Why is it difficult for Pheed to grow?
Pheed has grown fast reaching a million users, but has a tough road ahead competing with Facebook that has more than a billion users and Twitter with more than 550 million. But businesses and celebrities want to connect with target audience, and consumers want to create and share the content they are interested in with the people they want, so Pheed may just fit into the teenage social media void created by decreasing influence of MySpace.
According to Matthew Capala, Adj. Professor at NYU and Head of Search at Profero: Teenagers are looking for alternatives to Facebook so that they are not on the same social network with their parents and teachers. In a way, Pheed offers a teen-exclusivity, which could be appealing for the younger demographic. However, the risk is that the users will abandon Pheed as they reach adulthood and move on to Facebook, so Pheed needs to constantly bring in new users. If you are marketing to teenagers, I can’t image you not being on Pheed though.
Here are the two major reasons that show Pheed has a tough road ahead:
- Inactive Pheeders – The brands that I have followed on Pheed are not very active; it feels like they don’t feel the need to be very active on this platform and to devote their crucial social media time and strategy on Pheed.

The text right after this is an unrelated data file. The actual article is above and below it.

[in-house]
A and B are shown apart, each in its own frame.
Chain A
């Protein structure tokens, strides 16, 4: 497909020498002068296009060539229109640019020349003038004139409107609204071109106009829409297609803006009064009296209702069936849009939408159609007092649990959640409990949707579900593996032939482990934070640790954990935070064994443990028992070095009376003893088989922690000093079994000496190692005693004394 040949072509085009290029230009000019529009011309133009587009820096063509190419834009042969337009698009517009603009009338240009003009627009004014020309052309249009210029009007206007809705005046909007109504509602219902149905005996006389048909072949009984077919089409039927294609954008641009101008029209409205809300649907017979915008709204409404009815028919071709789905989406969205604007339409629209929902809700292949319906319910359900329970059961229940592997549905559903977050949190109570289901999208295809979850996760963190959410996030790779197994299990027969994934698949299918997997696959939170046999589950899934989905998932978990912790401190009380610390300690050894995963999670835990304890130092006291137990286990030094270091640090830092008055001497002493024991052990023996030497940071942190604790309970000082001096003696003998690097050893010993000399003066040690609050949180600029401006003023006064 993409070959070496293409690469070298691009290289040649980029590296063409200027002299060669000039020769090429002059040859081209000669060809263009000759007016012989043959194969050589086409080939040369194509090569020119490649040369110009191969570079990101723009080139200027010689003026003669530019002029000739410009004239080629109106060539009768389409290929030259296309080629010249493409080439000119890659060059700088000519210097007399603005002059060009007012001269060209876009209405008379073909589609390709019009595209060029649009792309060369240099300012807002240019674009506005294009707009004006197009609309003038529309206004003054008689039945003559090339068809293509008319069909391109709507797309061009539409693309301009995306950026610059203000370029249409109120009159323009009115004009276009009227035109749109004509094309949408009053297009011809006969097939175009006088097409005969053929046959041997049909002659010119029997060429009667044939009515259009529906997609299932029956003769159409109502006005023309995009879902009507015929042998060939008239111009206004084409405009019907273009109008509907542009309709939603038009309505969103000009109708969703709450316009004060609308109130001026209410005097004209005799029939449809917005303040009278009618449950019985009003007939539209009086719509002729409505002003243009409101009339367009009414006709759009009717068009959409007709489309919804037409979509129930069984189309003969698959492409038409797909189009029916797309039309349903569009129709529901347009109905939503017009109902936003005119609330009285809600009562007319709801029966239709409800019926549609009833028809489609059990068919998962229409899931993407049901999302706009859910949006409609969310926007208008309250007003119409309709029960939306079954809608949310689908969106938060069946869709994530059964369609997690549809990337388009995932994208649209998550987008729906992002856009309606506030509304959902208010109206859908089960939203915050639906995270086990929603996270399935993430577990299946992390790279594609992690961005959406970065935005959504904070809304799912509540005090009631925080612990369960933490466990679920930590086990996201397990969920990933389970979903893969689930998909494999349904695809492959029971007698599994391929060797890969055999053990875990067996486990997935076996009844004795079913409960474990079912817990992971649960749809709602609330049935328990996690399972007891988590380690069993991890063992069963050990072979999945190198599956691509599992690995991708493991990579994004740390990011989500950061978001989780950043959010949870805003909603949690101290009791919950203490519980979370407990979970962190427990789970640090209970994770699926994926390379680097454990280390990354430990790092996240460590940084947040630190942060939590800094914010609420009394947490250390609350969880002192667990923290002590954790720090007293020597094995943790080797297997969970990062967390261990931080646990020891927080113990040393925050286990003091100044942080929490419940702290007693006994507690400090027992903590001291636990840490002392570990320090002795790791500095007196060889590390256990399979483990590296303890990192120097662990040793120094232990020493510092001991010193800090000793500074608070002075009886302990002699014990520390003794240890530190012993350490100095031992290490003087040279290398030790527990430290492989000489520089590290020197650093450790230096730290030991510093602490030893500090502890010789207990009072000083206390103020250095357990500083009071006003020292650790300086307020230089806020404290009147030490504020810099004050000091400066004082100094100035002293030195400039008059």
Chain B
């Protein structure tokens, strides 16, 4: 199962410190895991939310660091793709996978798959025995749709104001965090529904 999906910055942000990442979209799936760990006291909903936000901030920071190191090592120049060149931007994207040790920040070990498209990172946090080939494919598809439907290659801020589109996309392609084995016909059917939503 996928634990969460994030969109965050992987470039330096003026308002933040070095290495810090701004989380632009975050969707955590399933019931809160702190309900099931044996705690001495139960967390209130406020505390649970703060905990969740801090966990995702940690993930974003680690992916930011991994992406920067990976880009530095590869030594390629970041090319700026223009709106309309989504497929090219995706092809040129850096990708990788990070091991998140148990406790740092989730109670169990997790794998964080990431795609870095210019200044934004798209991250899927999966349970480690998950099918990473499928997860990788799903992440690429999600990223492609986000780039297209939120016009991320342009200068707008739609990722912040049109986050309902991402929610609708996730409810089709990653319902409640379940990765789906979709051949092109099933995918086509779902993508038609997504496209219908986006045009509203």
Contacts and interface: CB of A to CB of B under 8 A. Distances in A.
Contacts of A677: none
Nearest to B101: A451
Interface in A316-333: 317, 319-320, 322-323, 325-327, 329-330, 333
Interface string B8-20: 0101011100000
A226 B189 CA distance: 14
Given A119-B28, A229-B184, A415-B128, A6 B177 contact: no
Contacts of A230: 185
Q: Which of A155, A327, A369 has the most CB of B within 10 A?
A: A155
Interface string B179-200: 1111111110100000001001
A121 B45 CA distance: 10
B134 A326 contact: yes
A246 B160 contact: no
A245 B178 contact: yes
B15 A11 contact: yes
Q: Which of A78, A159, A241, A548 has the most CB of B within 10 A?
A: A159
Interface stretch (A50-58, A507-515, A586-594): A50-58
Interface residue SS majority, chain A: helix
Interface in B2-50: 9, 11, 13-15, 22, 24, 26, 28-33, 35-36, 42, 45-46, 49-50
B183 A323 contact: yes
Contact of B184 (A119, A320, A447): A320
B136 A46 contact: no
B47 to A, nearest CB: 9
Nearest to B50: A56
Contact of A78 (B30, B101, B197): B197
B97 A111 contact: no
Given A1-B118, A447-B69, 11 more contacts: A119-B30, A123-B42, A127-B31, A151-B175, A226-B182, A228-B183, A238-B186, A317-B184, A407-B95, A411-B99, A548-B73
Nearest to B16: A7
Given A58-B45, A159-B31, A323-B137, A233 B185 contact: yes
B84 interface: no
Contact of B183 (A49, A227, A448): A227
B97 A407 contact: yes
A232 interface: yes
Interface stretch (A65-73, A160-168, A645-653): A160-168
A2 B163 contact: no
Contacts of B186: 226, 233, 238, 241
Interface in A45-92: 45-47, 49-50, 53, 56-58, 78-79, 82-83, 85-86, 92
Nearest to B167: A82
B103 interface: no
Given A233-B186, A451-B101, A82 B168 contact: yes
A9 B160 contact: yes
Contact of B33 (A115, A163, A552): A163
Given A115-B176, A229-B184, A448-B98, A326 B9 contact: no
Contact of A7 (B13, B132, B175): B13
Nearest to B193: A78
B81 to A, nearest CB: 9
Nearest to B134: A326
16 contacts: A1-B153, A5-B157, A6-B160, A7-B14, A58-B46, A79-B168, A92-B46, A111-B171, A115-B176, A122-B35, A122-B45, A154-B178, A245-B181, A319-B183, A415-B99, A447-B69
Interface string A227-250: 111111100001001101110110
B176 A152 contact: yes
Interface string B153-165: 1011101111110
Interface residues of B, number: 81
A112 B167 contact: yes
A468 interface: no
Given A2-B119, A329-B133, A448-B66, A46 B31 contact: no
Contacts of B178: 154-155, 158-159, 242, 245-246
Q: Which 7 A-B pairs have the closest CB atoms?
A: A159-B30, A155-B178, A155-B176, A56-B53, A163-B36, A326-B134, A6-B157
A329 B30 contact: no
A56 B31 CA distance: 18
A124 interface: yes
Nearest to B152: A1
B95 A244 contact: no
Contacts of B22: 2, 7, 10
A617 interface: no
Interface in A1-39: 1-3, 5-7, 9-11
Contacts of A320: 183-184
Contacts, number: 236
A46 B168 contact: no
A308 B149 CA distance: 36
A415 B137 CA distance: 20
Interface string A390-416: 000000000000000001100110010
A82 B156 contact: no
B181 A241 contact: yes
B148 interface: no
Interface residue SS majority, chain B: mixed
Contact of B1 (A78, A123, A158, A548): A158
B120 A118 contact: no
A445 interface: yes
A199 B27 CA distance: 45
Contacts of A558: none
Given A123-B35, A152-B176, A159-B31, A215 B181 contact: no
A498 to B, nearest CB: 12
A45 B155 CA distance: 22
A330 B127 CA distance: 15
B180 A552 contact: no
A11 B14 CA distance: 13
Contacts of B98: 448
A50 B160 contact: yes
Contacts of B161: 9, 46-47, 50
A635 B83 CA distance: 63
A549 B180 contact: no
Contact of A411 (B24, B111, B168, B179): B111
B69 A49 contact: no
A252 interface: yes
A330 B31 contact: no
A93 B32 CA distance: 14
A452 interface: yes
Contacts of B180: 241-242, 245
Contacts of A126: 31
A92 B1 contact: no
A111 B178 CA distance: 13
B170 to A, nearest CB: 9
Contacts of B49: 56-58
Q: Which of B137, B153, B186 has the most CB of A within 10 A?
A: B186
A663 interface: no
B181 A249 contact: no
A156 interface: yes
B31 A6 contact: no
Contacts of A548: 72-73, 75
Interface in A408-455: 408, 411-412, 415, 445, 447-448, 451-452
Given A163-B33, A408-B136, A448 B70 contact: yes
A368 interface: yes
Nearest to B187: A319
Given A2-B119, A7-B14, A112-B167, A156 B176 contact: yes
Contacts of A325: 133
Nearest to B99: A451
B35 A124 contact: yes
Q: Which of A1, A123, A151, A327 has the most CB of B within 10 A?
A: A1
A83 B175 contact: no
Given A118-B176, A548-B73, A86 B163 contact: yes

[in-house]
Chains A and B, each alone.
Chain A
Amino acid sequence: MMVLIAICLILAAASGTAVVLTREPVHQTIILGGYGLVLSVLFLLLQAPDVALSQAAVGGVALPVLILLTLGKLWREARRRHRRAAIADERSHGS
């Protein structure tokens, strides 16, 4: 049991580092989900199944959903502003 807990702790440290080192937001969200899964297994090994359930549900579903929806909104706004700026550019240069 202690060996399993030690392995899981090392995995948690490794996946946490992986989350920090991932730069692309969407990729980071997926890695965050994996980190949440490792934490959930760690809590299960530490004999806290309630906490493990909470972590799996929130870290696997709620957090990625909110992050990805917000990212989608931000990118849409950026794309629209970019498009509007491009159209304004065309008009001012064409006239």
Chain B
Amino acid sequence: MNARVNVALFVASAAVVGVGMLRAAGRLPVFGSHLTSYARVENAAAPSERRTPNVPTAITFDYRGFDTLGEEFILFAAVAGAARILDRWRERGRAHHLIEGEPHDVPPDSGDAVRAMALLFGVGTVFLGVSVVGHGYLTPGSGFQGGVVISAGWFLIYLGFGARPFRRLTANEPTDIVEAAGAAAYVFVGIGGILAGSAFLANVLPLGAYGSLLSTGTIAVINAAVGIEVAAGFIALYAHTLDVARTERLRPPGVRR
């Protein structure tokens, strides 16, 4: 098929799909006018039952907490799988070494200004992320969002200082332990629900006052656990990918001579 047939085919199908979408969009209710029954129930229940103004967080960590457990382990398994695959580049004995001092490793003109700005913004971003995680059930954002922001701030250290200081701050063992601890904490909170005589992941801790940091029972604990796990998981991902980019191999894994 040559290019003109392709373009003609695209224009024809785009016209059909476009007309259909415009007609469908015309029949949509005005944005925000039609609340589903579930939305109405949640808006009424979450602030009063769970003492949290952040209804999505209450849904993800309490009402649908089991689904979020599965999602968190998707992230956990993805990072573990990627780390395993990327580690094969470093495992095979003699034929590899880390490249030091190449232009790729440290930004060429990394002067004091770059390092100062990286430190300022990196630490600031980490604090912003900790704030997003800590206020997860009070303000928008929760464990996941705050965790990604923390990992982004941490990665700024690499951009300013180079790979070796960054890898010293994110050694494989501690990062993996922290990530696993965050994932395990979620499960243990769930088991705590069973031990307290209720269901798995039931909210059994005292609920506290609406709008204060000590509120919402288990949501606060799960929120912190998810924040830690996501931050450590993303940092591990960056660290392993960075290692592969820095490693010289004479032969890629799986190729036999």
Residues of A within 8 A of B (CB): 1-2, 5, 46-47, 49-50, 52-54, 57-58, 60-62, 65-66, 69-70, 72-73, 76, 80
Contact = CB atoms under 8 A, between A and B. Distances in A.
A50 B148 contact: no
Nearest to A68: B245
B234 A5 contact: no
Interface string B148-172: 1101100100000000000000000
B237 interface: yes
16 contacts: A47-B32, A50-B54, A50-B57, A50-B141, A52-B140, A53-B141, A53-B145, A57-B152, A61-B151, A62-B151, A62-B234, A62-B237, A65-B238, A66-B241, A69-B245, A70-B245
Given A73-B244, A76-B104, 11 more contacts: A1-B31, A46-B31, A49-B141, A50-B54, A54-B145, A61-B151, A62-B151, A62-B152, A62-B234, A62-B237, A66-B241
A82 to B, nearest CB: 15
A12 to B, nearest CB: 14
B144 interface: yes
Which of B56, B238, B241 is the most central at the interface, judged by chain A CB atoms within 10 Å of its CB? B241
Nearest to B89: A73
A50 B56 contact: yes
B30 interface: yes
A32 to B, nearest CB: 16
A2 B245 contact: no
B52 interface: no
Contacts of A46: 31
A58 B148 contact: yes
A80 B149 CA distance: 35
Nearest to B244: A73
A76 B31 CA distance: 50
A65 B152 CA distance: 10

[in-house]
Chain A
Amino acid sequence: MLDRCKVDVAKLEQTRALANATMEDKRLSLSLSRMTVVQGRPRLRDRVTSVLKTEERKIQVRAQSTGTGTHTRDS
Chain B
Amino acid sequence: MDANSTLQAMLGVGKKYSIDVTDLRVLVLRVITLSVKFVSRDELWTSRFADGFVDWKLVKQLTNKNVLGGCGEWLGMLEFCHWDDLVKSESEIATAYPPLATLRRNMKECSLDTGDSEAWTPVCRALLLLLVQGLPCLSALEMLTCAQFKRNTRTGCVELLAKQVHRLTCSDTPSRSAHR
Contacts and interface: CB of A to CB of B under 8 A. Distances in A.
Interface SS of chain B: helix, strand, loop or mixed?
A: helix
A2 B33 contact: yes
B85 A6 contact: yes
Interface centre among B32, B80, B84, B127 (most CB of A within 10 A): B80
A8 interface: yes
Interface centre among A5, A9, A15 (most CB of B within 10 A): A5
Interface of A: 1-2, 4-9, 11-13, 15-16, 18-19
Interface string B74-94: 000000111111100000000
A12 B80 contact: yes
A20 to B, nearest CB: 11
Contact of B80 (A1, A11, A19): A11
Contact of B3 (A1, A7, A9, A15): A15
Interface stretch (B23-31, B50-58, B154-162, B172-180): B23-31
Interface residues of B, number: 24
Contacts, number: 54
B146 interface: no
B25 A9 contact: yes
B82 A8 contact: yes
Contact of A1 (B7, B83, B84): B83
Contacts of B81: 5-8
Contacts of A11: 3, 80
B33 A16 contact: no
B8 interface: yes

- No big difference – Low scale and reach is a problem for Pheed. Pheed is new, and it has a very cool interface; ‘we are not a pay-to-access platform’, Chrysta Olson at Pheed says. But then, just incorporating all the best features of all the already huge social platforms may not work for Pheed because the audience on other platforms is already huge, and users already have their space.
Without a doubt, the scale of Pheed is low compared to Facebook and Twitter, but if you want to connect with teenage demographic, you should definitely incorporate Pheed into your social media strategy.
Let us know your thoughts in the comments section!